Hepatic - Herbal treatment of functional liver disease
by Paul Bergner
Medical Herbalism 12-31-93 5(4): 1,4
The liver is one of the most important organs in the body; a patient with liver failure can die within a day or two. The liver regulates many aspects of sugar, fat and protein metabolism, synthesizes and regulates essential hormones, detoxifies the blood, and secretes bile. Conventional medicine concerns itself primarily with structural or inflammatory diseases of the liver and gall bladder, such as cirrhosis, hepatitis, fatty infiltration, or gallstones. Lower grade functional disorders, however, are viewed with great importance by systems of natural healing. The most important functional disorder involves stagnancy of the liver. Such congestion can affect the entire metabolism or any part of it, leading to a cascade of vague problems.
Some conditions possibly related to liver stagnancy
pain in the gall bladder area
pain in liver meridians
skin problems, acne
impaired glucose tolerance
joint pain, stiffness
Anatomy and physiology
A review of the anatomy and physiology of the liver will help clarify the nature of liver stagnancy. A large portion of the output of the heart (about one-third) flows to the digestive system. This blood returns, rich with nutrients and digestive impurities, to the liver through the veins of the portal circulatory system. The liver vascular system is expandable and compressible, and can store large quantifies of blood. It normally contains about one-tenth of the blood volume in the body, but can, under certain disease conditions, expand to hold up to a fourth of the body’s blood. Under conditions of stress, on the other hand, its veins can contract so it holds only a thirtieth of the body’s’ blood. Thus the liver blood volume can potentially vary by a factor of more than seven.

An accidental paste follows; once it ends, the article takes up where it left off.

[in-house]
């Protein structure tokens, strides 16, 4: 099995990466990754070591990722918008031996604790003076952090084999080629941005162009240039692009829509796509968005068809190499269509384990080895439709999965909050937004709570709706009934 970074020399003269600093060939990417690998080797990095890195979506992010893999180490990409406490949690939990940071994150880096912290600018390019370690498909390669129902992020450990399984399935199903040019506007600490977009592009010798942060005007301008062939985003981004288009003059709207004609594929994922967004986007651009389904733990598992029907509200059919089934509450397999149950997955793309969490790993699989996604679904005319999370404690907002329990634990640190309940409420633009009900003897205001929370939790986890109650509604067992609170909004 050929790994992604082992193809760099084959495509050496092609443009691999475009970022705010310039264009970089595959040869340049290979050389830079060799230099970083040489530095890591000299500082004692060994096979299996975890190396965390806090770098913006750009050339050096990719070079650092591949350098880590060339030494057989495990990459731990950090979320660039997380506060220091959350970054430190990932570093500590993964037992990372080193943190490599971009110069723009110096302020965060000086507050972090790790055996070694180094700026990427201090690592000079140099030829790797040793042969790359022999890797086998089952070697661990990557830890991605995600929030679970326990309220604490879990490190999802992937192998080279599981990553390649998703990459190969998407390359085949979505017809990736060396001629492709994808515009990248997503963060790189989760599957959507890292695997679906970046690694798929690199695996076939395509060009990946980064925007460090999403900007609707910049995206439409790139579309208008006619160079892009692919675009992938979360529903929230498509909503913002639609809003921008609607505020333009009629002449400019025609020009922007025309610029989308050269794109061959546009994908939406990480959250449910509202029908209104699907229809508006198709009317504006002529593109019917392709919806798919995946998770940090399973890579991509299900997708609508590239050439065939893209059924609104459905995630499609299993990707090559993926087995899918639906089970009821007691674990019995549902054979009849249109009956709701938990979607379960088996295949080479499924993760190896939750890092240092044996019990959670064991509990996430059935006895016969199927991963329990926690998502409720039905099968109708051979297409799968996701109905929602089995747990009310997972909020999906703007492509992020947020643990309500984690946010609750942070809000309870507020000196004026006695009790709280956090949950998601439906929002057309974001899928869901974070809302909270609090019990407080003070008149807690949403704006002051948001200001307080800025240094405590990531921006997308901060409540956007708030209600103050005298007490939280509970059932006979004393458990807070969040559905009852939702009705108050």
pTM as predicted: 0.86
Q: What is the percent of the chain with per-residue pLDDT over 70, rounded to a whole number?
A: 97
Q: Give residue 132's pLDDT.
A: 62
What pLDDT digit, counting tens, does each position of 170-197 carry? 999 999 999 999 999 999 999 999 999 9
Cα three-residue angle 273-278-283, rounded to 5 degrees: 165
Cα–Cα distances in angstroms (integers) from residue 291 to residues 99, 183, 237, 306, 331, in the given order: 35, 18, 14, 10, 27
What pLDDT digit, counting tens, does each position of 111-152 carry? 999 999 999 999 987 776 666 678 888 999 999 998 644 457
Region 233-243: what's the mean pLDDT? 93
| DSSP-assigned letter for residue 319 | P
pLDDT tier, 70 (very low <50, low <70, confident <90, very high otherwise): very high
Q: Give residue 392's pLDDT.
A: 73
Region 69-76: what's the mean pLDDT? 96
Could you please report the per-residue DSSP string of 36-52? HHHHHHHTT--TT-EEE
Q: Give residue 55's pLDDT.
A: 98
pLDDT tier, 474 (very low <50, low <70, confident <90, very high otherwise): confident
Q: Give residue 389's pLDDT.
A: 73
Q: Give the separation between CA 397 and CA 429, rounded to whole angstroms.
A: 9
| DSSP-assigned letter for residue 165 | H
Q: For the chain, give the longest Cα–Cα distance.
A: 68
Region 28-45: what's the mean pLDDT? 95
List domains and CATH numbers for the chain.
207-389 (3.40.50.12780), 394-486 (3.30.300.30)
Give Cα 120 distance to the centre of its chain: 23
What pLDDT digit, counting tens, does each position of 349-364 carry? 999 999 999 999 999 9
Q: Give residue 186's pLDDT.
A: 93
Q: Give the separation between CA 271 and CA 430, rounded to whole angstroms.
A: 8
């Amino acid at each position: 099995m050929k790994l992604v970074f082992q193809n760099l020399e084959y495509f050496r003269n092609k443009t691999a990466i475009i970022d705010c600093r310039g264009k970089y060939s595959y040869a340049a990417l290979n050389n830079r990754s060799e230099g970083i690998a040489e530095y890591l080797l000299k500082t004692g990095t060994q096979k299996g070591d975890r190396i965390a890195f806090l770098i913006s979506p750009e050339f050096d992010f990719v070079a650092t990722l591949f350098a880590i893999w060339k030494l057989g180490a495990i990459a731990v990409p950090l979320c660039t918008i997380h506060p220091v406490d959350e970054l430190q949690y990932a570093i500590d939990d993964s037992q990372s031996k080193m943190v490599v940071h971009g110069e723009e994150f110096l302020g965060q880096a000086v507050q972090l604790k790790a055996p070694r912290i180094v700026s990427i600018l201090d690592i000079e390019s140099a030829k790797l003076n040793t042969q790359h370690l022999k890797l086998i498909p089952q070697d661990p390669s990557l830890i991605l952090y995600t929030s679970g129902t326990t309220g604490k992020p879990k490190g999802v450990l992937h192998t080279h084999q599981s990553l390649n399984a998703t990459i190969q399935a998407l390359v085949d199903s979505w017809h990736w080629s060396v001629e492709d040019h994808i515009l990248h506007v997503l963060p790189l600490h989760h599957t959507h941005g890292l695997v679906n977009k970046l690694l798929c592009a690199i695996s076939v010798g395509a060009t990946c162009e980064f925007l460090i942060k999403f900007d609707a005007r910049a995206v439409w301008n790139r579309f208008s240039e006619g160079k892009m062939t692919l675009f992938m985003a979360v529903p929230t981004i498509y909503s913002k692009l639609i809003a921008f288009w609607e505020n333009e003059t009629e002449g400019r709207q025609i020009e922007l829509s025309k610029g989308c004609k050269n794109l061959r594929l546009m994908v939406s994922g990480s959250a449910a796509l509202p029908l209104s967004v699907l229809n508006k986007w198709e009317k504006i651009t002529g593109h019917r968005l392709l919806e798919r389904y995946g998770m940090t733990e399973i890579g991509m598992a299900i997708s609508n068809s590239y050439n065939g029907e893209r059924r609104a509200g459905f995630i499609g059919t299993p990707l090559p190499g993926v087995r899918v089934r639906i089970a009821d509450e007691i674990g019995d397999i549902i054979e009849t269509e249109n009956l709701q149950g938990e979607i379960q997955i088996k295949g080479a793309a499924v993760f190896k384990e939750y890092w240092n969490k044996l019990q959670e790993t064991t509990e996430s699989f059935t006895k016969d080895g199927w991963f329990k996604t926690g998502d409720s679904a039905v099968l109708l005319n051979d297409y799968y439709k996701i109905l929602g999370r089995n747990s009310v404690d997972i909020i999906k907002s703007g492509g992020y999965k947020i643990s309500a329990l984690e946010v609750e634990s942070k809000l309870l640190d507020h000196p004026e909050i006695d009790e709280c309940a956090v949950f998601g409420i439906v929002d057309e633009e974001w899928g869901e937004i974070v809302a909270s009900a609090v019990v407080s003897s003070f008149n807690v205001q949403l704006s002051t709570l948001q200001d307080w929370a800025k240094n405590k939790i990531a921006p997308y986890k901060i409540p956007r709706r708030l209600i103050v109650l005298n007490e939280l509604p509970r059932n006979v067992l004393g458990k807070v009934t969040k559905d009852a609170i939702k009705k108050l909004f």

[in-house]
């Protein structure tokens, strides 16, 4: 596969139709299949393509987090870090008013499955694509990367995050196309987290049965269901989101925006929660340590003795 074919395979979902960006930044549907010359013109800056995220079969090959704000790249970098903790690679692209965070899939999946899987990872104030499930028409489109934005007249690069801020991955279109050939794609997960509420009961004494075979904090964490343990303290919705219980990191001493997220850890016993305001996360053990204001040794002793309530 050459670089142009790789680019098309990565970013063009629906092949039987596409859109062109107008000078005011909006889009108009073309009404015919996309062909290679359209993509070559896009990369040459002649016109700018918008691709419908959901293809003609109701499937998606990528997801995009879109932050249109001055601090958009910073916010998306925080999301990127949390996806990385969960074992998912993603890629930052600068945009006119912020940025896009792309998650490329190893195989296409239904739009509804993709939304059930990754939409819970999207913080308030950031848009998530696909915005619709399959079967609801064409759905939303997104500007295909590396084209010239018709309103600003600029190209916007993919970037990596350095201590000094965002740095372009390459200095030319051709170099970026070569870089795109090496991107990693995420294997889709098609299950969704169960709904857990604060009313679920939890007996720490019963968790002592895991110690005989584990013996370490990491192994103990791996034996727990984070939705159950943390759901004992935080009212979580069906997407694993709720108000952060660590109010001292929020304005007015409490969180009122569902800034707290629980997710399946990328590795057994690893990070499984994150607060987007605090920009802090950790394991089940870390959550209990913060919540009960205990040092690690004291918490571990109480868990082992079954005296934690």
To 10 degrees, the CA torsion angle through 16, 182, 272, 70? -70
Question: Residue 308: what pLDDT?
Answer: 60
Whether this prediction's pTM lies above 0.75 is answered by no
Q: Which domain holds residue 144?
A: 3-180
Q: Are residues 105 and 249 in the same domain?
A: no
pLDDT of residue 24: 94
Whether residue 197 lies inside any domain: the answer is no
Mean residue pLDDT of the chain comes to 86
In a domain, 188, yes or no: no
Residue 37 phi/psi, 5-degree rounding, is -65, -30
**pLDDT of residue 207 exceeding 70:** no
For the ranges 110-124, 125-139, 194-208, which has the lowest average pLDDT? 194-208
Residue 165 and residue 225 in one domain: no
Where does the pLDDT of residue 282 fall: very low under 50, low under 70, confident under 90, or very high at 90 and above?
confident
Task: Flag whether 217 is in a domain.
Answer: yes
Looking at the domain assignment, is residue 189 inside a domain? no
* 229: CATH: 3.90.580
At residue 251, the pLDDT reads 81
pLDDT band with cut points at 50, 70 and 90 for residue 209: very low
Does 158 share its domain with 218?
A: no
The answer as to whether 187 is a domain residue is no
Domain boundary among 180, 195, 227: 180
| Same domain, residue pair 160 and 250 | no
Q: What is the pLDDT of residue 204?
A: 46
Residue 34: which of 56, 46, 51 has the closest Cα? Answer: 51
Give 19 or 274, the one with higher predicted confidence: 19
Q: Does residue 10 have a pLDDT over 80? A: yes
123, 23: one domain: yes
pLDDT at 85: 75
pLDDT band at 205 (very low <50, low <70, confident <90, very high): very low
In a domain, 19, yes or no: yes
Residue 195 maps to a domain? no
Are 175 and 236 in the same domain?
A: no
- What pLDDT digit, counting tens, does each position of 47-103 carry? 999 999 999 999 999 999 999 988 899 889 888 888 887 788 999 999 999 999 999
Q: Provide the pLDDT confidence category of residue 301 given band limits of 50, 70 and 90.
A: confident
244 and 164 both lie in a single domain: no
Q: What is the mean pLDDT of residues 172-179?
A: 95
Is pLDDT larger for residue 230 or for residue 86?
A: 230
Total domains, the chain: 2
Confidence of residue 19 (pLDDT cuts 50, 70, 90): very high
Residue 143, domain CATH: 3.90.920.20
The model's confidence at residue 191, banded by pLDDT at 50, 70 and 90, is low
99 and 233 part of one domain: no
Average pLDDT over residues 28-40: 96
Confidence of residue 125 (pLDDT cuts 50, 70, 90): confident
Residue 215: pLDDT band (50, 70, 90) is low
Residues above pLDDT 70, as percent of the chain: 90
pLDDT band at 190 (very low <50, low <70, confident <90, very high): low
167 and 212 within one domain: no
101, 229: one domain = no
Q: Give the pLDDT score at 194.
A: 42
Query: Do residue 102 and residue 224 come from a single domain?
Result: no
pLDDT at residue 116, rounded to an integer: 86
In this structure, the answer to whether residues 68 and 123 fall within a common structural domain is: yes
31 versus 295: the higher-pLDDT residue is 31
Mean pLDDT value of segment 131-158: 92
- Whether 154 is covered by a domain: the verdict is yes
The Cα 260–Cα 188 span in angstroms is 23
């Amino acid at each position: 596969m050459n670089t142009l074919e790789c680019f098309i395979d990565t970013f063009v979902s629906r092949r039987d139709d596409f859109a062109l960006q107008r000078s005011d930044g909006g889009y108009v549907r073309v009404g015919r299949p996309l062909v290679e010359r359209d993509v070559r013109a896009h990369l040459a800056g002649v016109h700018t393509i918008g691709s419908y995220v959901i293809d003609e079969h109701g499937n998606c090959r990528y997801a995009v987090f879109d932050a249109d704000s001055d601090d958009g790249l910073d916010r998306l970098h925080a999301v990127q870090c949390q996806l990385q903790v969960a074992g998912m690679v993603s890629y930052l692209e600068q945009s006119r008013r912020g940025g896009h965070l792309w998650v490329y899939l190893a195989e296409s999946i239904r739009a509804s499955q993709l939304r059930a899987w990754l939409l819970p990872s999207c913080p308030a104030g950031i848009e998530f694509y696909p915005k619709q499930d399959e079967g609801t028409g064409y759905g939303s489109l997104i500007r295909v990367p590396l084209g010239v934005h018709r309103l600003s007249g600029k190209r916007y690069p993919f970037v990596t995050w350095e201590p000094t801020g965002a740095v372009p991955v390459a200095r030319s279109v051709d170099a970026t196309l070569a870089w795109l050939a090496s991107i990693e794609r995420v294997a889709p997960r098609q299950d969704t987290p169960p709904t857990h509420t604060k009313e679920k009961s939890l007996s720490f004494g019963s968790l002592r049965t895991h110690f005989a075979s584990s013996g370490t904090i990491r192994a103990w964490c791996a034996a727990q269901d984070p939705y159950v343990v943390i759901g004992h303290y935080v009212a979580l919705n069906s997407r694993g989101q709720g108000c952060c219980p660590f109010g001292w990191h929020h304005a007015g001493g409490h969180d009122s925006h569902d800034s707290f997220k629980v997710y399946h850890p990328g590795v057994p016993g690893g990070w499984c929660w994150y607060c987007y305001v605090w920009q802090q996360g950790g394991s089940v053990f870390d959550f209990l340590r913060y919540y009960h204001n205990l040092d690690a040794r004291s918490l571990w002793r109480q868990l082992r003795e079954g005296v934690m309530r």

About three-fourths of the blood coming into the liver comes from venous circulation; only about a fourth comes directly from the heart through the arteries. Arterial blood is moved under force, being pumped by the heart, normally under pressure ten to fifteen times that of the blood in the portal veins. Thus most of the blood in the liver is not moved through it by arterial pressure and has a natural tendency to stagnate. The liver is also extremely permeable to fluids, such that they flow freely into its lymphatic system; the lymph derived from the liver accounts for from one-half to two-thirds of the total lymph in the body. Finally, the liver secretes bile into the small intestine, after storage in the gall bladder. Bile helps to digest fat and is a key player in the symphonic action of the enzymes and hormones that coordinate digestion. Thus the liver is an expandable and contractible reservoir of blood, lymph, and bile. Because it has only weak arterial circulation, these fluids have a tendency to become stagnant and the liver to become congested.